Me Too: Weight Discrimination Is Stubborn

A new perspective in Obesity reminds us that weight discrimination at work is stubborn. Worse yet, it’s perfectly legal. Shreya Sabharwal and colleagues from Harvard describe the situation:

Even though weight discrimination has a negative impact on people’s health and wellness and results in unequal academic and job opportunities, there is only one state in the United States, Michigan, that has an anti weight discrimination law.

Thus, writes Charlotte Morabito, weight discrimination permeates U.S. workplaces. So the work to push back against weight-based discrimination is piecemeal. Six cities in the U.S. have laws to prevent it. Litigation results, based on gender and disability protections. But it’s tedious. Progress is slow. Winning is hard.

The Link to Gender

Women with obesity face more of a penalty at work than men. Despite many years of hard work, discrimination is stubborn. A recent study in the International Journal of Obesity found that the odds of weight-based discrimination were almost three times higher for women.

This is a longstanding problem, an artifact that hangs on from old, offensive norms. It used to be that airlines would fire flight attendants who did not lose weight quickly enough after having a baby. After maternity leave, they had to weight in before they could get any work assignments. If judged overweight, they had to submit to repeated weighings. Lose 1.5 pounds per week or else.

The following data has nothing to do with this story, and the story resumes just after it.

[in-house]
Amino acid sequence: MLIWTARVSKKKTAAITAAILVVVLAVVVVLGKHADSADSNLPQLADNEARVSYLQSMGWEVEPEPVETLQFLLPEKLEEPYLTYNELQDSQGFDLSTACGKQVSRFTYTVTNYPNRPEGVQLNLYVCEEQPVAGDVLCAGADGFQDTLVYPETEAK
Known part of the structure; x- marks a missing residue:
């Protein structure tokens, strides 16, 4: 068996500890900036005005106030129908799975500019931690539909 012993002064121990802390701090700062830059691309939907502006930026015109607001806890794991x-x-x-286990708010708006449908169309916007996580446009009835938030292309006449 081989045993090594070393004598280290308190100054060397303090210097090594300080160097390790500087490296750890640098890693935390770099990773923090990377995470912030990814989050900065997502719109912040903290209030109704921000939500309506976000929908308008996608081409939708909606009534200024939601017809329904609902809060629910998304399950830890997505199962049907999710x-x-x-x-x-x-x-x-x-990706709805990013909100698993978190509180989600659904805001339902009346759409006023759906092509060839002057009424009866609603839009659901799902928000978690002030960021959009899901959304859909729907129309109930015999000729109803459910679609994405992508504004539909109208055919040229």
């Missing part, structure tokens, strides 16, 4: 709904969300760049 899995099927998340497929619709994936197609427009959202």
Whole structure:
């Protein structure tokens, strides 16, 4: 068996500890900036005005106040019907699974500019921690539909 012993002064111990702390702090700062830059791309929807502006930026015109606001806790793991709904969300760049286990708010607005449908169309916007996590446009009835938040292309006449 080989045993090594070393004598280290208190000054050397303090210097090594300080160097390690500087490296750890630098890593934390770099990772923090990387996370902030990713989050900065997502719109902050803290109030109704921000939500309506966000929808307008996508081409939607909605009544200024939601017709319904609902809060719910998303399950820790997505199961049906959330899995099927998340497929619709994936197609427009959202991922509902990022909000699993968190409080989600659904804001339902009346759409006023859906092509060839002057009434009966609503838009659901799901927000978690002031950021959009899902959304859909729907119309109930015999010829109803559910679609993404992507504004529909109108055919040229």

It took a 17-year legal battle between American Airlines and the flight attendants union to obtain a bit of progress. American agreed in 1991 that “female flight attendants need not always weigh what they did when they were 21.”

Yes, progress is slow. And the foot dragging is all about sexist stereotypes about how women must look. For men, the standards are different – more about competence, less about appearance.

Economic Stupidity

The resistance to doing the right thing on weight discrimination is frustrating. Discrimination based on weight, just like anything else that’s irrelevant to performance, is a waste of human potential. Taking full advantage of human potential in a diverse workforce pays financial dividends.

But the depressing truth is that a person of size will often feel undervalued in the workplace. In a recent thesis on this issue, one subject described her experiences:

There are assumptions made about your class, your background, your education, your capacity. I always feel that I’m underestimated.

Tolerable No More

It’s time to put such pointless discrimination behind us. Writing for the St Louis University Law Journal, Bre Wexler sums it up:

Organizations have both a legal duty and an ethical duty to hire the most qualified candidate for a position, regardless of appearance- or gender-based characteristics, and most civil rights legislation has been enacted with this purpose in mind.

Hiring based on stereotypes hurts the organizations that practice it as well as the people they exclude.

Click here for the perspective by Sabharwal et al. For Kate Godfree’s recent thesis on obesity stigma in the workplace, click here.

Presenting, photograph by Jay Baker for Maryland GovPics / flickr

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September 20, 2020